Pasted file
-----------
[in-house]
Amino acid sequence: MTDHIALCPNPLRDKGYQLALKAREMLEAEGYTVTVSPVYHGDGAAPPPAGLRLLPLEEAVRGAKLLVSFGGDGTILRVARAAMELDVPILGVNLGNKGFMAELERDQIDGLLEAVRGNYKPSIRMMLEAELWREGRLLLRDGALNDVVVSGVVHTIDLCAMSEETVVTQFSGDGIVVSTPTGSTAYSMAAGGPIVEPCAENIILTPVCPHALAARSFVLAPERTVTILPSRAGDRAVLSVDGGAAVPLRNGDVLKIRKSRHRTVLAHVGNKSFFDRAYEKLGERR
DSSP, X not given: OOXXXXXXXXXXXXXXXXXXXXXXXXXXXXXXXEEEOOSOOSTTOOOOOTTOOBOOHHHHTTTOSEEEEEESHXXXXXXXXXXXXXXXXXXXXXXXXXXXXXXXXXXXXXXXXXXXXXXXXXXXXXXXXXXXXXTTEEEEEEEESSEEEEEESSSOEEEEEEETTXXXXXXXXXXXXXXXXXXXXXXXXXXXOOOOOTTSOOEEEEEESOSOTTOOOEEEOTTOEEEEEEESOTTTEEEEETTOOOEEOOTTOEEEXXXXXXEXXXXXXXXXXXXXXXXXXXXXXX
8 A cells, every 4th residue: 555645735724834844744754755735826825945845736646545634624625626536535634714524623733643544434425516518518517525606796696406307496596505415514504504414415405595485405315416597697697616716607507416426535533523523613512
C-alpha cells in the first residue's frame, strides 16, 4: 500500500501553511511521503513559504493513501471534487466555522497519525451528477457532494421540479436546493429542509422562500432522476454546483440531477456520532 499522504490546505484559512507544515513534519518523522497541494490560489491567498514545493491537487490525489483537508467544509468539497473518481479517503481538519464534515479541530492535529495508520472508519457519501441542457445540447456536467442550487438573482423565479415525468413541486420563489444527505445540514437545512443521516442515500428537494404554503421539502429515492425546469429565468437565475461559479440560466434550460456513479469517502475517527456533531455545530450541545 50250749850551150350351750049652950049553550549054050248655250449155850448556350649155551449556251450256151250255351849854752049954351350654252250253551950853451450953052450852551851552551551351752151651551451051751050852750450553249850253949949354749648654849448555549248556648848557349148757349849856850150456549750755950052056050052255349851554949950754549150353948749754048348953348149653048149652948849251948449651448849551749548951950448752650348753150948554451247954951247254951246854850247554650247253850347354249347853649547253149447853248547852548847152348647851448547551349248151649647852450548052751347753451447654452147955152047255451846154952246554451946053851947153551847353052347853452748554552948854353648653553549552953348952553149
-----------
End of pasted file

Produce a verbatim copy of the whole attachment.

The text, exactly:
[in-house]
Amino acid sequence: MTDHIALCPNPLRDKGYQLALKAREMLEAEGYTVTVSPVYHGDGAAPPPAGLRLLPLEEAVRGAKLLVSFGGDGTILRVARAAMELDVPILGVNLGNKGFMAELERDQIDGLLEAVRGNYKPSIRMMLEAELWREGRLLLRDGALNDVVVSGVVHTIDLCAMSEETVVTQFSGDGIVVSTPTGSTAYSMAAGGPIVEPCAENIILTPVCPHALAARSFVLAPERTVTILPSRAGDRAVLSVDGGAAVPLRNGDVLKIRKSRHRTVLAHVGNKSFFDRAYEKLGERR
DSSP, X not given: OOXXXXXXXXXXXXXXXXXXXXXXXXXXXXXXXEEEOOSOOSTTOOOOOTTOOBOOHHHHTTTOSEEEEEESHXXXXXXXXXXXXXXXXXXXXXXXXXXXXXXXXXXXXXXXXXXXXXXXXXXXXXXXXXXXXXTTEEEEEEEESSEEEEEESSSOEEEEEEETTXXXXXXXXXXXXXXXXXXXXXXXXXXXOOOOOTTSOOEEEEEESOSOTTOOOEEEOTTOEEEEEEESOTTTEEEEETTOOOEEOOTTOEEEXXXXXXEXXXXXXXXXXXXXXXXXXXXXXX
8 A cells, every 4th residue: 555645735724834844744754755735826825945845736646545634624625626536535634714524623733643544434425516518518517525606796696406307496596505415514504504414415405595485405315416597697697616716607507416426535533523523613512
C-alpha cells in the first residue's frame, strides 16, 4: 500500500501553511511521503513559504493513501471534487466555522497519525451528477457532494421540479436546493429542509422562500432522476454546483440531477456520532 499522504490546505484559512507544515513534519518523522497541494490560489491567498514545493491537487490525489483537508467544509468539497473518481479517503481538519464534515479541530492535529495508520472508519457519501441542457445540447456536467442550487438573482423565479415525468413541486420563489444527505445540514437545512443521516442515500428537494404554503421539502429515492425546469429565468437565475461559479440560466434550460456513479469517502475517527456533531455545530450541545 50250749850551150350351750049652950049553550549054050248655250449155850448556350649155551449556251450256151250255351849854752049954351350654252250253551950853451450953052450852551851552551551351752151651551451051751050852750450553249850253949949354749648654849448555549248556648848557349148757349849856850150456549750755950052056050052255349851554949950754549150353948749754048348953348149653048149652948849251948449651448849551749548951950448752650348753150948554451247954951247254951246854850247554650247253850347354249347853649547253149447853248547852548847152348647851448547551349248151649647852450548052751347753451447654452147955152047255451846154952246554451946053851947153551847353052347853452748554552948854353648653553549552953348952553149